EAGM has two short-term artists in residence

The Estevan Art Gallery and Museum is going to have a pair of short-term artists in residence this month, who will be furthering their practice while reaching out to people in the community.

Ruth Langwieser and Sarah Timewell  started their residency on Oct. 9 and will continue until Oct. 25. Each will split their time between community events, meeting with aspiring local artists and working on their own projects.

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Amber Andersen, who is the curator-director for the EAGM, said this will be similar to other artist in residence initiatives in the community. Southeast District for Recreation, Culture and Sport provided funding for these two positions.

It’s the first time the EAGM has had an artist in residence for some time. The Estevan Arts Council has had such artists in the past, most recently Diana Chisholm in 2015-16.

“This is an opportunity for us,” said Andersen. “Our focus was on a newcomer artist and an Indigenous artist.

Langweiser is a Swiss–Canadian ceramist who arrived in Estevan in May of this year.

She has already held a ceramics program with Tourism Estevan on Oct. 9 and a clay lantern class on Oct. 10, in addition to an independent practice session on Oct. 10 in which people could come and talk to her and watch her create her art.

Other activities include independent practice sessions Oct. 11, 15 and 18.

“My passion for working with clay began 1990 when I visited a traditional Majolica – manufacture in Umbria, Italy,” she said in her artist statement. “This discovery changed my life. I moved from the German part of Switzerland to Geneva to study ceramics at the Academy of Applied Arts.”

Her forms reflect themes from her daily life, and are influenced by the type of clay she had chosen to work with. This can be yellow or white stoneware, and different types of porcelain.

“Sometimes it seems to me as if these beasts had chosen me to appear and we have to tame each other. Therefore, I place them into all kinds of different environments. This process can take several years until their right presentation is found.”

Timewell will guide the Family Art programs on Oct. 17 and 24, and will lead evening workshops on creating botanical silhouette canvases on those two dates as well. An independent practice session will be on Oct. 23.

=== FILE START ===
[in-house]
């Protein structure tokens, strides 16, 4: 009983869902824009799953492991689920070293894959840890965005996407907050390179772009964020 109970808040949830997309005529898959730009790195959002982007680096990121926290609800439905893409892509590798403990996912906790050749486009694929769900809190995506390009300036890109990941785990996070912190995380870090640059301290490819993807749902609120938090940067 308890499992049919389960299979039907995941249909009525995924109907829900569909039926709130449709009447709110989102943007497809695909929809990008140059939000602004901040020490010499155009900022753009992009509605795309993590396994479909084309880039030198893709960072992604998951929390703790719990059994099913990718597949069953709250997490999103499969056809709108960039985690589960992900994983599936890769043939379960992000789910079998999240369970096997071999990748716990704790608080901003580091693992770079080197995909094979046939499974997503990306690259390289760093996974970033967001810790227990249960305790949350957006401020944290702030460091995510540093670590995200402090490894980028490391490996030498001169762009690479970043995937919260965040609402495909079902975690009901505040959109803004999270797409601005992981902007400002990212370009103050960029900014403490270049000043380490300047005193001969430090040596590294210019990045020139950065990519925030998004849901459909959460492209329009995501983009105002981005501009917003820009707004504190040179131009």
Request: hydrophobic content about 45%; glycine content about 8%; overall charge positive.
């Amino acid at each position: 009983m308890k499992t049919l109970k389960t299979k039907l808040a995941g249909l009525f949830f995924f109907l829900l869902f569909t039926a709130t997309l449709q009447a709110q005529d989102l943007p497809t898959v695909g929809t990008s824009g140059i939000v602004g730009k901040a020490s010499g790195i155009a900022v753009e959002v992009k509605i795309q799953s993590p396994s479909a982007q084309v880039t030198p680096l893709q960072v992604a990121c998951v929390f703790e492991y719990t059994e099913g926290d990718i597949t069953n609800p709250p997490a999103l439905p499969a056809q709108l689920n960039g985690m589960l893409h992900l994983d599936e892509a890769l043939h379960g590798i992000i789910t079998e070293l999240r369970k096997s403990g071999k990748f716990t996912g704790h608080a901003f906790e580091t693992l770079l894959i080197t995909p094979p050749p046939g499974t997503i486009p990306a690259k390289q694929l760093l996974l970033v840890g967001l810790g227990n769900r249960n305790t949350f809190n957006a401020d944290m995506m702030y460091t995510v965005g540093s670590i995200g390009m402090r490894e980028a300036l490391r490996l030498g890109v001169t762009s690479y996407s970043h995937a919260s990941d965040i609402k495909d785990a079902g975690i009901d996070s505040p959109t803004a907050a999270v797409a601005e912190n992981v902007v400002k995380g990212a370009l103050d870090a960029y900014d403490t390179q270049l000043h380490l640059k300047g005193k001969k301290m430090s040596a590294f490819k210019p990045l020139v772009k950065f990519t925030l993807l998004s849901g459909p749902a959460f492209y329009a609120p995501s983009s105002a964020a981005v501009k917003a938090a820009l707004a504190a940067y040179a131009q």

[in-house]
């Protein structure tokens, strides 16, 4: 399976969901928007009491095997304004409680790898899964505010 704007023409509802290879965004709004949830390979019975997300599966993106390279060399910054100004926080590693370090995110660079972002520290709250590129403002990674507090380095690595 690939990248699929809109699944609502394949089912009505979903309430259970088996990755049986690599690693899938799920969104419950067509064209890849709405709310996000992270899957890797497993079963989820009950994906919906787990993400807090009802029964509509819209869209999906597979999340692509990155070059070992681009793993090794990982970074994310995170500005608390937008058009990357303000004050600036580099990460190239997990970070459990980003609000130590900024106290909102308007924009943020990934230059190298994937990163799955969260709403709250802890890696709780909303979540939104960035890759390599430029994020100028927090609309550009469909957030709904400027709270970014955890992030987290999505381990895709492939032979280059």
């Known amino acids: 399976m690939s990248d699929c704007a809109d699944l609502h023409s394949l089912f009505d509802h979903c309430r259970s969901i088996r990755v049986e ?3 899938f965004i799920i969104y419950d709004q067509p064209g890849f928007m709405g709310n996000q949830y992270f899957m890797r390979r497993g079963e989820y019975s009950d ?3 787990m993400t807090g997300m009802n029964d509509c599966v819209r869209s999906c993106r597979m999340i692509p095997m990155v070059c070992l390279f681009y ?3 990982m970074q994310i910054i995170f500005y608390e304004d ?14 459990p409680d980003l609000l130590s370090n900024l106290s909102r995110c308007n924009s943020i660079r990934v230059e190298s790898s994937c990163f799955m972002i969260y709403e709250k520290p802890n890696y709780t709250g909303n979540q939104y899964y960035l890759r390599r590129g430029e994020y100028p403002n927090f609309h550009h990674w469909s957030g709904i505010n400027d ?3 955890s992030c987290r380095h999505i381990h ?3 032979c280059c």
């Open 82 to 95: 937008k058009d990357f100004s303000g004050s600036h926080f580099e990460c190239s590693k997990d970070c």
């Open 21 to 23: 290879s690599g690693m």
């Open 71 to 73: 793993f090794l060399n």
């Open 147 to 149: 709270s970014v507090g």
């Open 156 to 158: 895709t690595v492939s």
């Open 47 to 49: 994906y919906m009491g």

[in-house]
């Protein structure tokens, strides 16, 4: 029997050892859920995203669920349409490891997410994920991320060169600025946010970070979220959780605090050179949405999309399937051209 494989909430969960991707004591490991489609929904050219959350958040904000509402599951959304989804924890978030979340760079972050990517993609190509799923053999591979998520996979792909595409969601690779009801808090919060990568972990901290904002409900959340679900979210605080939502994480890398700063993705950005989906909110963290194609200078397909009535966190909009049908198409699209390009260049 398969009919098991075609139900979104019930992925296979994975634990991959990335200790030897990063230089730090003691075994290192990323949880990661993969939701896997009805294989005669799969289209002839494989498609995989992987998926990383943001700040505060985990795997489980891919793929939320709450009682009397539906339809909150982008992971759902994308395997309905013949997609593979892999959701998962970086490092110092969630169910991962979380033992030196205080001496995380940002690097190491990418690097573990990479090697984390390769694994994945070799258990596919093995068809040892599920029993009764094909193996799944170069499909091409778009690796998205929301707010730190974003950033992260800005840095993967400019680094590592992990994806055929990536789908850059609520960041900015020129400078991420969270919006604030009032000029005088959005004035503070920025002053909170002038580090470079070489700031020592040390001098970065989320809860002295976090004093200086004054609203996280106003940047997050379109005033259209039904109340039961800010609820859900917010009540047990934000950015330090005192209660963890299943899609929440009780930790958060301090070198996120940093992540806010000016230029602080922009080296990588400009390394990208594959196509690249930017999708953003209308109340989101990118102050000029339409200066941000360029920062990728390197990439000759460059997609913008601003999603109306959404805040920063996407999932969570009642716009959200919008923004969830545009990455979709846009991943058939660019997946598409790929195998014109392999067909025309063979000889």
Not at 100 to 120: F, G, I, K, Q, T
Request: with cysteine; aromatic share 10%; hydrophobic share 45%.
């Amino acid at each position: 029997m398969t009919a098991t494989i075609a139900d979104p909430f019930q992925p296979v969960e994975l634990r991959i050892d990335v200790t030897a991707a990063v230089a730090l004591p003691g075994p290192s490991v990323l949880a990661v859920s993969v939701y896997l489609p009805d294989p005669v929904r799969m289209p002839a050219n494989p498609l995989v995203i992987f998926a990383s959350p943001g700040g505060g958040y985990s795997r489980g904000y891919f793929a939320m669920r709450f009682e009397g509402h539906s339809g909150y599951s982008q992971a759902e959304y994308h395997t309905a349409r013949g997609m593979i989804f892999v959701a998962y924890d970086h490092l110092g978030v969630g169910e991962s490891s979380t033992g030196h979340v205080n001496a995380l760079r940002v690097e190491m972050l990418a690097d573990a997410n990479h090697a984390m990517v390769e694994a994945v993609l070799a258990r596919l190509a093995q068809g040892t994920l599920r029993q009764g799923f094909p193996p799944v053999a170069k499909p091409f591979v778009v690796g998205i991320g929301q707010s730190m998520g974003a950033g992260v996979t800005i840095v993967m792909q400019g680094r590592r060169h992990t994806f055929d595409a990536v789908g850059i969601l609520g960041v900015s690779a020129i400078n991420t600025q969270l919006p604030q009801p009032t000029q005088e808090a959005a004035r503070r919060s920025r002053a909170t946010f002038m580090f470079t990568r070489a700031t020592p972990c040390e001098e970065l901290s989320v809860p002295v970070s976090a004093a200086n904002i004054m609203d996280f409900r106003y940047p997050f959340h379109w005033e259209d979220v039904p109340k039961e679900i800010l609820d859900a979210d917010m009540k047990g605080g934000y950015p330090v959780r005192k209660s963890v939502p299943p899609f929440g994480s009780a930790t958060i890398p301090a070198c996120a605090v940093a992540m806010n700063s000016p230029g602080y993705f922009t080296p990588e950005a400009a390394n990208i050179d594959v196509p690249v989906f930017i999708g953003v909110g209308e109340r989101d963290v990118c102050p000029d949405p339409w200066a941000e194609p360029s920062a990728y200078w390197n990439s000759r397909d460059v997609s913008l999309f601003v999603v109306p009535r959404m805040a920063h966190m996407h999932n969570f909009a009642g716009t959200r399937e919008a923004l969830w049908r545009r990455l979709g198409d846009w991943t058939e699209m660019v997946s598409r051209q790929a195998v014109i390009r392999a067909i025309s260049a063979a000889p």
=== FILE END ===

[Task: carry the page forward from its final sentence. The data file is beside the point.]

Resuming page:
Timewell, who is of Métis and Hungarian ancestry and originally from Vancouver, has recently completed a bachelor of fine arts in Indigenous art at the First Nations University of Canada in Regina. Although she enjoys working in many mediums, her focus is on Indigenous fine arts and drawing.

Her present effort is continuing to develop her knowledge and connection to the historical and cultural arts of the Métis and Cree peoples of Turtle Island.

In addition to reconnecting with lost culture, her last few years have been spent gathering knowledge, consulting with community members and researching Saskatchewan Indigenous medicinal plants.

“She enjoys sharing her findings through technical drawings and stylized beaded works on leather and fabric,” her bio states.

Timewell is involved in the artistic community in Regina through sitting on multiple boards, and attending artist talks, gallery openings, and career development sessions offered through SaskCulture and the Saskatchewan Arts Board.

Her intention is to continue to hone her technical skills, learn new techniques and grow in her cultural knowledge so that she might share this knowledge with the next generation.

The two artists will be at the EAGM’s Halloween Haunt on Oct. 19, starting at 3 p.m., and a reception on Oct. 25 at 7 p.m., when they will present artwork that they have been working on during their residencies and discuss their other projects.

 

 

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